Priority 8: Consider other reforms to boost growth. Boosting potential growth and hence the denominator of the debt-to-GDP ratio is an even better strategy than fiscal consolidation. There are many things governments can do, including structural reforms in areas likely to boost growth in the shorter to medium term, boosting needed infrastructure spending and a host of more specific policies: the IDB’s Rethinking Productive Development provides a review of some of the latter. Such policies should be made consistent with the fiscal consolidation plan.

Priority 9: Strengthen fiscal institutions. Many emerging economies are in the position they are in today because they did not save enough during the good times. In fact, many countries in Latin America and the Caribbean pursued expansionary fiscal policy even when output was above potential! Better fiscal institutions are required to avoid this happening again, and it is perhaps easier for a country to enact appropriate legislation (or constitutional changes) now during the less-good times. For commodity exporters, mechanisms are required to manage the inevitable commodity price risks. Hedging prices used in annual budgets and developing a stabilization fund to manage longer- term risks are useful complementary measures. But more generally strengthening fiscal institutions may allow a better use of discretionary fiscal policies in good times and in bad, given automatic stabilizers remain weak.

Priority 10: Ensure close coordination between monetary and fiscal policy. Many emerging economies (including some 9 in Latin America and the Caribbean[2]) have developed inflation-targeting regimes with some success in bringing inflation down and maintaining inflation at reasonable levels. Such regimes have gained a high degree of credibility in some countries. However, there has been an inadequate coordination of fiscal and monetary policy. And too often fiscal policy has been too expansionary and consequently monetary policy has been tighter than it otherwise would have needed to be. This inappropriate coordination of fiscal and monetary policies is inefficient and may even threaten the credibility of this useful monetary regime.

No attempt is made here to rank these ten priorities. Indeed their ranking will depend on the case. A main lesson of the period of the global financial crisis and thereafter for many emerging economies is that talking about fiscal policy in the abstract is dangerous. The detail of actual policy measures matter. Still, if emerging economies take actions along these 10 dimensions, there is a good chance that consolidation will be both considerate and maintain economic sustainability.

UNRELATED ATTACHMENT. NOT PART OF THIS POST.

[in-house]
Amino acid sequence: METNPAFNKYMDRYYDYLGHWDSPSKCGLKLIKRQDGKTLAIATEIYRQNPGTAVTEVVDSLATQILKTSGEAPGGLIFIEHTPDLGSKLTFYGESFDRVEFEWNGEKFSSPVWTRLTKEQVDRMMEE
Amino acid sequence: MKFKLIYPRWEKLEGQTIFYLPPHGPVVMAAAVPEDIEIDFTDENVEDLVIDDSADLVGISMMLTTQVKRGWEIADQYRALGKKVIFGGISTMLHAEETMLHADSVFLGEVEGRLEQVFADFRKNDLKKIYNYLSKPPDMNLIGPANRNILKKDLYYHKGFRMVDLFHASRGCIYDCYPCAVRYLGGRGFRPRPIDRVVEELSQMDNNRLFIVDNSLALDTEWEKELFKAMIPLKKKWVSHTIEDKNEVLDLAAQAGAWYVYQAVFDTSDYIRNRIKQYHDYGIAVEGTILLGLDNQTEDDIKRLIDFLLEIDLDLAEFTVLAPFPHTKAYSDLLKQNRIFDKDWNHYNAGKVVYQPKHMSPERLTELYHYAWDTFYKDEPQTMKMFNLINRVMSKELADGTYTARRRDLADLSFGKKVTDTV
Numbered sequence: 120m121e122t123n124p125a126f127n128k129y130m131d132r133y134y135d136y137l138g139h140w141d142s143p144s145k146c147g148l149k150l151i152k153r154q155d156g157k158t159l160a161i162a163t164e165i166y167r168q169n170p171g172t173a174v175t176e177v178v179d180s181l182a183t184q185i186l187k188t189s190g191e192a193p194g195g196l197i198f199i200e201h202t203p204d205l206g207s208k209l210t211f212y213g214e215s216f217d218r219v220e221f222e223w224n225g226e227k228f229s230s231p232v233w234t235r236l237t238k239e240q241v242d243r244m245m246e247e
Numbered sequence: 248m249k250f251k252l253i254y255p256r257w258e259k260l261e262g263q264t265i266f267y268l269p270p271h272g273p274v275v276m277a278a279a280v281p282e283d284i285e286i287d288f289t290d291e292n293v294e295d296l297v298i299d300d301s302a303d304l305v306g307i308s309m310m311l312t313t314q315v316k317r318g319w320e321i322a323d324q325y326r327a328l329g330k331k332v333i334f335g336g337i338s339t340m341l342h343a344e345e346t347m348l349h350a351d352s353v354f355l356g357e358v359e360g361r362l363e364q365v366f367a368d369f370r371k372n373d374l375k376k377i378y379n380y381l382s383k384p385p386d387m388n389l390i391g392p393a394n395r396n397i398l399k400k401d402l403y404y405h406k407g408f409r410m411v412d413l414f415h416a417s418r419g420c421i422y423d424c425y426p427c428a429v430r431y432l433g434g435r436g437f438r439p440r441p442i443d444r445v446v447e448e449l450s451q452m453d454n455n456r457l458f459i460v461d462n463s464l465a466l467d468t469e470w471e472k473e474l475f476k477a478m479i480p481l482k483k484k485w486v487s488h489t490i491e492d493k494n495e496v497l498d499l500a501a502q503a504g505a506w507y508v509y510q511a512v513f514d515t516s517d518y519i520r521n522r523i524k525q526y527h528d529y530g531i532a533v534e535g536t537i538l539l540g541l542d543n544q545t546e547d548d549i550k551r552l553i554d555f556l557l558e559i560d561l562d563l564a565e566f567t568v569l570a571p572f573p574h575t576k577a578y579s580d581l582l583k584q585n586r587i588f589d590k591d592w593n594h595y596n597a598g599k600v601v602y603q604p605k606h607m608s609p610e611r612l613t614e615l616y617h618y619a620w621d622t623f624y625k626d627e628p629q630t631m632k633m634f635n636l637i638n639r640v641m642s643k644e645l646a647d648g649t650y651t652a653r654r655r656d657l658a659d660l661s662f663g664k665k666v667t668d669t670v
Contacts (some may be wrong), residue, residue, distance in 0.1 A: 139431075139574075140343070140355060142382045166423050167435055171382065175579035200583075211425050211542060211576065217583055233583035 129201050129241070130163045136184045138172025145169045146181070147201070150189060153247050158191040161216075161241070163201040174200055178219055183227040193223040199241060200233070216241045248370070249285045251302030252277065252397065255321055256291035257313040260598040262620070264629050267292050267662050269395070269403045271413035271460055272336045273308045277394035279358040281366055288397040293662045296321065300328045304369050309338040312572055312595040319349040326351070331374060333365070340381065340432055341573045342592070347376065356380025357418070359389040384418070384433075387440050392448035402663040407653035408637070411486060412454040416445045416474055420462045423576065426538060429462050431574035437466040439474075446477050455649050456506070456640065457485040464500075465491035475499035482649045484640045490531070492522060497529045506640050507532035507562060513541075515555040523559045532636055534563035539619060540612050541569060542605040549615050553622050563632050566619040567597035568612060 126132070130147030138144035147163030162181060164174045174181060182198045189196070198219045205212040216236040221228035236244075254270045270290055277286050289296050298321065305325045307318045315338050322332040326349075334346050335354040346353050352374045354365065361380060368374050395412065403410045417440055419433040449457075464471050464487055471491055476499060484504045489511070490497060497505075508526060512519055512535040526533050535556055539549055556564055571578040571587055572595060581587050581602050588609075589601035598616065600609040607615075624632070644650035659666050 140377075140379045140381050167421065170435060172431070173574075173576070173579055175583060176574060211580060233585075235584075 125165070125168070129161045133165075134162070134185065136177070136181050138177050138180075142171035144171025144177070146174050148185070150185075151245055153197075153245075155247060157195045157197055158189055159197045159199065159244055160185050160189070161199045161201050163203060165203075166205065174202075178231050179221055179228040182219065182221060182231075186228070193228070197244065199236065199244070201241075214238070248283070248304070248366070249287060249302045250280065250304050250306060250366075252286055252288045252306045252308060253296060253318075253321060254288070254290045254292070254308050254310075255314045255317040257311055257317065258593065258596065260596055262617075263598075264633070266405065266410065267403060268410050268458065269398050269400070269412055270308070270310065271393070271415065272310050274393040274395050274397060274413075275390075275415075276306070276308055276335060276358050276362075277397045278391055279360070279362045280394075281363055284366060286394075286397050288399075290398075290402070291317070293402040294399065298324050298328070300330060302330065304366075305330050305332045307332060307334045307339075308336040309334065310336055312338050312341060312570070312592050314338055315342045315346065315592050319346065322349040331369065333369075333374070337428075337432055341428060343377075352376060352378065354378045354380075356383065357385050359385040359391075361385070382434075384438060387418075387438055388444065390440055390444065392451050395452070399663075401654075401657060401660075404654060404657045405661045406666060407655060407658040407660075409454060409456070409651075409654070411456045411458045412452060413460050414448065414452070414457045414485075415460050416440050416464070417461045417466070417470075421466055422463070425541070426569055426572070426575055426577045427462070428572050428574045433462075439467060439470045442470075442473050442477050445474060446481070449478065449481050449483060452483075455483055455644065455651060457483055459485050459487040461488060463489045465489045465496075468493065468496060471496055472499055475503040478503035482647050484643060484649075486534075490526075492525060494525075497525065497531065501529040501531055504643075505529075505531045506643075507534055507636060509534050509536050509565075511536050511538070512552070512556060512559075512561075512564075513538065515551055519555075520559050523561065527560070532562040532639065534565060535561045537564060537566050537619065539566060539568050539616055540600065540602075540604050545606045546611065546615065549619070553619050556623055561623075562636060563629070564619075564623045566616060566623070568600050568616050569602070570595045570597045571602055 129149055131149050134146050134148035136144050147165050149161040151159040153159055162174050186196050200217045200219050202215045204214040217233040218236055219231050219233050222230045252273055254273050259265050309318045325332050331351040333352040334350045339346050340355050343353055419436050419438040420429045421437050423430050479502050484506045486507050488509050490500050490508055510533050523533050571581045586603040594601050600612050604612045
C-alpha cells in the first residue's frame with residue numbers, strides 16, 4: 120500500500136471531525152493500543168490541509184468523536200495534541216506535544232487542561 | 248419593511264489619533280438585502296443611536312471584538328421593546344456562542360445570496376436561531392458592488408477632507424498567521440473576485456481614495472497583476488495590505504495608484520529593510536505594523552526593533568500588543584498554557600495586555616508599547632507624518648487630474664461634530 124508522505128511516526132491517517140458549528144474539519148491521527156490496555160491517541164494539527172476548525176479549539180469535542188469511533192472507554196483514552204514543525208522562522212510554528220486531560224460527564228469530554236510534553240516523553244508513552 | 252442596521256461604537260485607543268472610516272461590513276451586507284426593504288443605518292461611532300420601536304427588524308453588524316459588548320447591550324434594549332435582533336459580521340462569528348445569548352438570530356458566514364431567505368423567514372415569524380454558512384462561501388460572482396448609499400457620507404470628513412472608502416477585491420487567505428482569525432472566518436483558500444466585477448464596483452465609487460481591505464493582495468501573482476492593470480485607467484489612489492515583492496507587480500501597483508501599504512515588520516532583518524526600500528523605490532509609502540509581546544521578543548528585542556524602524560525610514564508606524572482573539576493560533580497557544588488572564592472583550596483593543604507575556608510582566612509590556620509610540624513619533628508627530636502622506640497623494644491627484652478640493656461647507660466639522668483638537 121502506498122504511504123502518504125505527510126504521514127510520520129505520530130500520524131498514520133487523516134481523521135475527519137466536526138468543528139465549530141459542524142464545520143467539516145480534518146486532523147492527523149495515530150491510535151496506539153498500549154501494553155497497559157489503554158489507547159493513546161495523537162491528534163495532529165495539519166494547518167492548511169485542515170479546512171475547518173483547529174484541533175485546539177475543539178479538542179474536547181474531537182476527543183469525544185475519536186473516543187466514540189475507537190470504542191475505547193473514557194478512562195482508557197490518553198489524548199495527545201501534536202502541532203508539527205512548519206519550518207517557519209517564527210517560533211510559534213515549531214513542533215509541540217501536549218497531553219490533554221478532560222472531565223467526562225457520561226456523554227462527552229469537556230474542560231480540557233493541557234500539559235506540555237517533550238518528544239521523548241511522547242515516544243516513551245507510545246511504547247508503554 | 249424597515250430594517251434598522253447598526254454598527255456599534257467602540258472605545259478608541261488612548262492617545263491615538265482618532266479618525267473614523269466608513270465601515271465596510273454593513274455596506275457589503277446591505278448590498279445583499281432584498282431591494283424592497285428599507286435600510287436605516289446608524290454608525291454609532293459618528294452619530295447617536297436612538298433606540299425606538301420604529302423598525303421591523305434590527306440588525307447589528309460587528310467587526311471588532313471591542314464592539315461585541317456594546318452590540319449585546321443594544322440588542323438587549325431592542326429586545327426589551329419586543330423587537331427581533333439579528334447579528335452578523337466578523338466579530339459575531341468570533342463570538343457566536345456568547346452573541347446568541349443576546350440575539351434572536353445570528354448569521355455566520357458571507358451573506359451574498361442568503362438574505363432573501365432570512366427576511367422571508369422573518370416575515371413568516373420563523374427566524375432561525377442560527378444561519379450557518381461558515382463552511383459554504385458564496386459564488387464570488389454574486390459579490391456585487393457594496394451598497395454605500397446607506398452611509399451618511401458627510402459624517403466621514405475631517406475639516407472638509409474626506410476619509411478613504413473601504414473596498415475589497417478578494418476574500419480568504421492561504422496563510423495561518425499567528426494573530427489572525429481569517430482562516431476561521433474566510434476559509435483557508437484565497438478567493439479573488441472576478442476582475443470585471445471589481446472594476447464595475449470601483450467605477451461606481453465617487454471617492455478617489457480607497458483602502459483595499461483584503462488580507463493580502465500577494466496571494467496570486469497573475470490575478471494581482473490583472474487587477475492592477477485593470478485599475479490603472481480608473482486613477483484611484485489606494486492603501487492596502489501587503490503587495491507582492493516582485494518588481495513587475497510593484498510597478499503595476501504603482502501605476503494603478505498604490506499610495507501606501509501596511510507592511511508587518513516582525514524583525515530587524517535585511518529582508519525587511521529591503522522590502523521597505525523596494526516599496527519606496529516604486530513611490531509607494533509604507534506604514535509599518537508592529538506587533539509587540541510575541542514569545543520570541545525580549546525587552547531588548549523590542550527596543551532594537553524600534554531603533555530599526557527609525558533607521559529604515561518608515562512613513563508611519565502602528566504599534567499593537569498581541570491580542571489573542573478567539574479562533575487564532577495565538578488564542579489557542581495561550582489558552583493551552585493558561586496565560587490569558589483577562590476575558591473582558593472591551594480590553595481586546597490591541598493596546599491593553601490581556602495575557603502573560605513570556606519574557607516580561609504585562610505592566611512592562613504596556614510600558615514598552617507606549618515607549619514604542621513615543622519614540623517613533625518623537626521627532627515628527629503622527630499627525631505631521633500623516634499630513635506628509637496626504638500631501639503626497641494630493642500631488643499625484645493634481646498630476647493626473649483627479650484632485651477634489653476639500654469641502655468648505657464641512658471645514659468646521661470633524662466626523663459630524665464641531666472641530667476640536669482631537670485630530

Note on title: This draws on and adapts Blanchard and Cottarelli’s 2010 blog “Ten Commandments for Fiscal Adjustment in Advanced Economies”.

[1] If output is temporarily below potential, fiscal multipliers may be temporarily higher, implying that it is worthwhile delaying adjustment. However, there is considerable doubt currently about what potential output is, and it has been downgraded in most countries around the world in recent years.

[2] The IDB’s Revela monitors growth and inflation expectations in Latin America and the ,Caribbean’s inflation targeters.

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The Author

Andrew Powell

Andrew Powell

Andrew Powell is the Principal Advisor in the Research Department (RES). He holds a Ba, MPhil. and DPhil. (PhD) from the University of Oxford. Through 1994 he dedicated himself to academia in the United Kingdom as Prize Research Fellow at Nuffield College, Oxford and Associate Professor (Lecturer) at London University and the University of Warwick. In 1995, he joined the Central Bank of Argentina and was named Chief Economist in 1996. He represented Argentina as a G20/G22 deputy and as member of three G22 working groups (on crisis resolution, financial system strengthening and transparency) in the late 1990’s. In 2001, he returned to academia, joining the Universidad Torcuato Di Tella in Buenos Aires as Professor and Director of Graduate Programs in Finance. He has been a Visiting Scholar at the World Bank, IMF and Harvard University. He joined the IDB’s Research Department in 2005 as Lead Research Economist and in 2008 served as Regional Economic Advisor for the Caribbean Region until returning to the Research Department as the Principal Advisor. He has published numerous academic papers in leading economic journals in areas including commodity markets, risk management, the role of multilaterals, regulation, banking and international finance.